In Episode 16 of the Canadian Couch Potato podcast, I’m joined by Ben Carlson, the author of A Wealth of Common Sense and creator of the excellent blog of the same name. Ben is also Director of Institutional Asset Management at Ritholtz Wealth Management in New York.
As someone who works with both individual and institutional investors, Ben shares his wisdom about how these two groups face different challenges. On one hand, pension funds and endowments have access to the best advice and an indefinite time horizon, so they don’t need to focus on short-term results. But it turns out that even institutions face the same pitfalls as the rest of us: “One of the reasons many institutions get in trouble is because they look at their peers to see what they’re doing so often,” Ben says in our interview. “They’re really measuring themselves against their peers instead of against their own personal goals. And that can really be a terrible way to manage money.”
Ben also discusses a recent article he wrote about lump sum investing vs. dollar-cost averaging, a hot topic these days. Despite the headline Bloomberg slapped on his article, Ben doesn’t argue that it’s a bad time to invest a large sum of cash. Rather, he points out that historically, when valuations are relatively high (as they are today), investing a lump sum has led to a wider range of possible outcomes. Most of the time it will still end up leading to higher returns than investing gradually, but the likelihood of a deeply disappointing result is significant. Best line from the article: “Investing is ultimately an exercise in regret minimization.”
The “Bad Investment Advice” segment returns in this episode with a dig at technical analysis, which involves analyzing market data (such as price movements, trading volume and moving averages) to look for buy and sell signals. The article that inspired the segment was this one from BNN Bloomberg, but really, it could have been any scribbling on this bizarre trading tool.
Most investment professionals consider technical analysis as useful as astrology, so in some ways it’s an easy target. (Not many, thankfully, use Fibonacci retracement to manage your retirement savings.) But if you go to any of the investing expos that pop up in big cities, you’ll find crowds of people captivated by presentations of technical analysis software. Even brokerages such as Questrade and BMO InvestorLine offer these tools for their clients, so it’s not as fringe as it might sound.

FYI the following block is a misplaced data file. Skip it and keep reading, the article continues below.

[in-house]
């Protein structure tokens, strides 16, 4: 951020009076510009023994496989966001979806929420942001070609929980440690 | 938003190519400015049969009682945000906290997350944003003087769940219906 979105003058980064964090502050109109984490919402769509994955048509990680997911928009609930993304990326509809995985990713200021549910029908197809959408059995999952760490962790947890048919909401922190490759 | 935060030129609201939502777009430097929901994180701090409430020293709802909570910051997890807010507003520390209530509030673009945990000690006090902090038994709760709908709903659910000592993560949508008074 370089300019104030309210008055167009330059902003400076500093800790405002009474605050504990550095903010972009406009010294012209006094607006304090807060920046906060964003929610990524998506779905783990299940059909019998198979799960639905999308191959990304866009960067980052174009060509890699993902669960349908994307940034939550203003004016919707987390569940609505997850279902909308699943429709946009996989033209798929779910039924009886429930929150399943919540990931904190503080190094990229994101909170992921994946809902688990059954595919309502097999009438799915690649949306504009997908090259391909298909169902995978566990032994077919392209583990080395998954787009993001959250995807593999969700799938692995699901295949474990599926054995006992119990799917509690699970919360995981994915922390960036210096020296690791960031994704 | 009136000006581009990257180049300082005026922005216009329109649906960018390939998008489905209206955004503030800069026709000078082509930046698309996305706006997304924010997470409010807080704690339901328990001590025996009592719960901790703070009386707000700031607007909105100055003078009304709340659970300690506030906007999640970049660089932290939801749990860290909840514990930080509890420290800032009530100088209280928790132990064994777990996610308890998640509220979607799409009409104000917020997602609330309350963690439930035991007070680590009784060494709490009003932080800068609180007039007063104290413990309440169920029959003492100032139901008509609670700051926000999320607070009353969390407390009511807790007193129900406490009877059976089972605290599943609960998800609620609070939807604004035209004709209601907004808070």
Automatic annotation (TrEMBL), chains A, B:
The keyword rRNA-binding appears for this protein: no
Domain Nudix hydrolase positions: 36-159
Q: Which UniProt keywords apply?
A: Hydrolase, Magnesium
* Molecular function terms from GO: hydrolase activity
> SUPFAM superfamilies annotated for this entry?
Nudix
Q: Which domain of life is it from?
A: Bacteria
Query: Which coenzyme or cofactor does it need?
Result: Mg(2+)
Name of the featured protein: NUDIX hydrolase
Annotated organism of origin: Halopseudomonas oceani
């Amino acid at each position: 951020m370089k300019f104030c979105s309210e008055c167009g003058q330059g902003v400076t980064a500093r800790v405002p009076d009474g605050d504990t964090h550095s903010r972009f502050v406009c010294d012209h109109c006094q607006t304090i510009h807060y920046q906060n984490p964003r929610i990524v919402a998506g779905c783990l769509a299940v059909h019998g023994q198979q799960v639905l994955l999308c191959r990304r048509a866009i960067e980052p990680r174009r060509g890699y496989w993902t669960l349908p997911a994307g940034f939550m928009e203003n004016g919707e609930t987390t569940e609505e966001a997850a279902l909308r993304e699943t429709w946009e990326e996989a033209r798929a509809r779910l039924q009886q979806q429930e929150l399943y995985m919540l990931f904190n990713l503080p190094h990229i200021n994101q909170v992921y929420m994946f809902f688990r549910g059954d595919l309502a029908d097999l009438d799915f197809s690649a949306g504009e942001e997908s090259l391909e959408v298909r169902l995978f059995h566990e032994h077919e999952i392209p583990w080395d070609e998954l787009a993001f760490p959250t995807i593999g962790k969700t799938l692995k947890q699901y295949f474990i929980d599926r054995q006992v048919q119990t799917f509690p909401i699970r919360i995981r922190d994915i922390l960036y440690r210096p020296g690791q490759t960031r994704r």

I’ll leave you with this to ponder: if you developed software that could generate reliable profits in the stock market, would you spend your Saturday afternoons at investment seminars, standing in a booth and peddling it to amateur traders for $69 a month?
Does your portfolio need REITs?
In this episode’s installment of “Ask the Spud,” I answer a question from a blog reader named Brandon, who wants to know whether he should include real estate investment trusts (REITs) in his portfolio.
REITs are popular with investors, especially those looking to generate income, and when I first created my model portfolios I included a 10% allocation to real estate. But when I simplified the portfolios several years later, I dropped them, and in the podcast I explain why.
There are some good reasons to include REITs in a portfolio: they often behave differently from the broad equity market, so they offer a potential diversification benefit. You could also argue that real estate is underrepresented in traditional index funds: the sector makes up less than 3% of the S&P/TSX Composite Index, although I think we can agree its economic footprint is much larger than that. It’s just that most real estate is not publicly traded.
However, there just aren’t that many REITs in Canada, and most are quite small. The iShares, Vanguard and BMO ETFs covering REITs include just 17 to 20 holdings, and not a single one of these is part of the S&P/TSX 60 Index, which tracks the 60 largest public companies. The ETFs are also relatively expensive, with MERs between 0.39% to 0.71%, compared with as little as 0.06% for funds tracking total-market indexes.
Using US-listed ETFs to hold foreign REITs offers greater diversification and lower fees, though it also creates additional hurdles, because you’ll need to convert your loonies to US dollars to buy them.
Finally, REITs are generally less tax-efficient than other equities: the majority of the income you receive from Canadian REITs is not eligible for the dividend tax credit. If you live in Ontario and have an income between $75,000 and $85,000, dividends from a traditional Canadian equity index fund are taxed at less than 9%, while REIT income is taxed at over 31%. And of course, any income from US or international REITs is not only fully taxable as foreign income, but is also subject to foreign withholding taxes.